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Public Statements

Issue Position: Health Care

Issue Position

By:
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As a doctor I have had first-hand experience with the vast problems facing health care in America. Like other areas of the economy where the federal government wields its heavy hand, health care is over-regulated and in need of serious market reforms. As Senator, I would ensure that real free market principles are applied to fix this problem.

Few realize that Health Maintenance Organizations (HMOs), the companies that drive a wedge between the patient and his doctor, were a product of federal legislation and special interests. The HMO Act of 1973 essentially granted unfair privileges to certain sorts of companies and led to a distortion of the market. This has caused higher prices, less coverage, and more bureaucracy.

This is what happens when Washington manages health care.

By driving up costs the government makes it virtually impossible for the needy in this country to buy coverage. But this was not the case before government intervention. Just as very few in this country go without shoes or food so too would few go without health care if it weren't for the government.

The HMO Act arose from big businesses unfairly seeking to use government power to solidify their profits. Government should not have this power.

But many see bigger government as the solution to this problem. As if more regulation and more bureaucracy is going to solve it. Socialist medicine does not work because socialism does not work. When people blame the current crisis on the free market they are making a grave intellectual error. Simply because these large companies are benefiting does not mean we currently have a free market. When the government passes legislation, regulations, and mandates, this can hardly be called a "free" market.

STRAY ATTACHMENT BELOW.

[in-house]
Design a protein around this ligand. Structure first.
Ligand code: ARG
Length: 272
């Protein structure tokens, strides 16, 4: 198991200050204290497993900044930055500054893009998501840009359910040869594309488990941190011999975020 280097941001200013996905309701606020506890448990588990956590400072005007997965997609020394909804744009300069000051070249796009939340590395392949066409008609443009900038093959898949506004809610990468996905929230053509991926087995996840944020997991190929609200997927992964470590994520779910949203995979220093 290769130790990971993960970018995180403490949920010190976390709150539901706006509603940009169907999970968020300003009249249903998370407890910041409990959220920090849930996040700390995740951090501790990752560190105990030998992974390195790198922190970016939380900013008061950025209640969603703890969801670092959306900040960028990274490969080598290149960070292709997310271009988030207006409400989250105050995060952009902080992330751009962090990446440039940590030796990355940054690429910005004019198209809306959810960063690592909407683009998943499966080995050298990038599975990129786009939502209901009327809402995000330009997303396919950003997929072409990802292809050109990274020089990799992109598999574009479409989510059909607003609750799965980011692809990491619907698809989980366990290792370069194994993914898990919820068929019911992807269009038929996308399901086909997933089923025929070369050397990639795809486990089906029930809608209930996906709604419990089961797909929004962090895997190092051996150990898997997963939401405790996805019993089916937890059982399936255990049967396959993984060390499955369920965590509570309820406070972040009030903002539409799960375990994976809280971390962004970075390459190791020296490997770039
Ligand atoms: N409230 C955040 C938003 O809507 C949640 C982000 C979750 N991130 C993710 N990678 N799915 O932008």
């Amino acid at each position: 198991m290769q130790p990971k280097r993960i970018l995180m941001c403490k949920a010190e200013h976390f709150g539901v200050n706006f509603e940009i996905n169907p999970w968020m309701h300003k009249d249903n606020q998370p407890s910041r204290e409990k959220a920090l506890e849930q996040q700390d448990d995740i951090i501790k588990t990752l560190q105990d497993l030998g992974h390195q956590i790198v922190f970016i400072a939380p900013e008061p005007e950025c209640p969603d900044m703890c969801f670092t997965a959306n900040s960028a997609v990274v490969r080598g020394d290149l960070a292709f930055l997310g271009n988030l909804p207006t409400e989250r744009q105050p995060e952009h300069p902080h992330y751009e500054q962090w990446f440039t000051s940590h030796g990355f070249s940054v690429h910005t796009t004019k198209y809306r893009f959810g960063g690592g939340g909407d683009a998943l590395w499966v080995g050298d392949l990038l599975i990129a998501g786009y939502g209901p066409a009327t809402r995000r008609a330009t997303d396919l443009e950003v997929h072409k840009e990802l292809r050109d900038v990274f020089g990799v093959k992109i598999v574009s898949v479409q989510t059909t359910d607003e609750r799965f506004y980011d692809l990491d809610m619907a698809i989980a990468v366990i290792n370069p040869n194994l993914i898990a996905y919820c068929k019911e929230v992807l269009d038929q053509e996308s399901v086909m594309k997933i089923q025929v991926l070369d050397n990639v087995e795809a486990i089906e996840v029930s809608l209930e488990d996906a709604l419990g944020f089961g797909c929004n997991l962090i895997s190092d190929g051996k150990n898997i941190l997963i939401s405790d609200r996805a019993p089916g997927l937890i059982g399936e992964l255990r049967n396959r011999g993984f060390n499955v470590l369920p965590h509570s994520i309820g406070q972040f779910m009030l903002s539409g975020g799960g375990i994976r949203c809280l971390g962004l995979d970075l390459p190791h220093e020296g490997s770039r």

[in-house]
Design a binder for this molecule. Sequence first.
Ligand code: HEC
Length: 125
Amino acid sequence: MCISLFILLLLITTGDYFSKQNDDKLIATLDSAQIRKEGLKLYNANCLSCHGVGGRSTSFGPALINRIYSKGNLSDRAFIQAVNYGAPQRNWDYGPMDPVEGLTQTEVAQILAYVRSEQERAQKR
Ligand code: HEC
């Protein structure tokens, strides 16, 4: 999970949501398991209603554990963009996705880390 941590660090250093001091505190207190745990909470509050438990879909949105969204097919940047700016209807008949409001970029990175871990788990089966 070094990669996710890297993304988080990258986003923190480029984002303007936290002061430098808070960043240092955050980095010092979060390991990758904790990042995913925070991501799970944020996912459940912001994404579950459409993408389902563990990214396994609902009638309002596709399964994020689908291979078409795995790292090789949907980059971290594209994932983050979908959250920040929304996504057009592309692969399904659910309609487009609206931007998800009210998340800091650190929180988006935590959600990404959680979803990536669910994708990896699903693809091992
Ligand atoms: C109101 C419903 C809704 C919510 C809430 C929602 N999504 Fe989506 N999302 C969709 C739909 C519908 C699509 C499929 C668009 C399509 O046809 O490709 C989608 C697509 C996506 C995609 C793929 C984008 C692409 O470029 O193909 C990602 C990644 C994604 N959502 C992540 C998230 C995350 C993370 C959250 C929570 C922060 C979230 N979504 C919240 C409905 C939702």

It is well known that socialism leads to long lines, rationing, and a lack of choice. But more importantly, socialized medicine stifles innovation. We might not have the best coverage in this country (as a result of government intervention), but we do have the best health care. That is because we are the only country that rewards innovation on the market place. The answer therefore is more and not less freedom.

I therefore support:

* Making all medical expenses tax deductible.
* Eliminating federal regulations that discourage small businesses from providing coverage.
* Giving doctors the freedom to collectively negotiate with insurance companies and drive down the cost of medical care.
* Making every American eligible for a Health Savings Account (HSA), and removing the requirement that individuals must obtain a high-deductible insurance policy before opening an HSA.

More freedom to choose and innovate will once again make our health care the best in the world.


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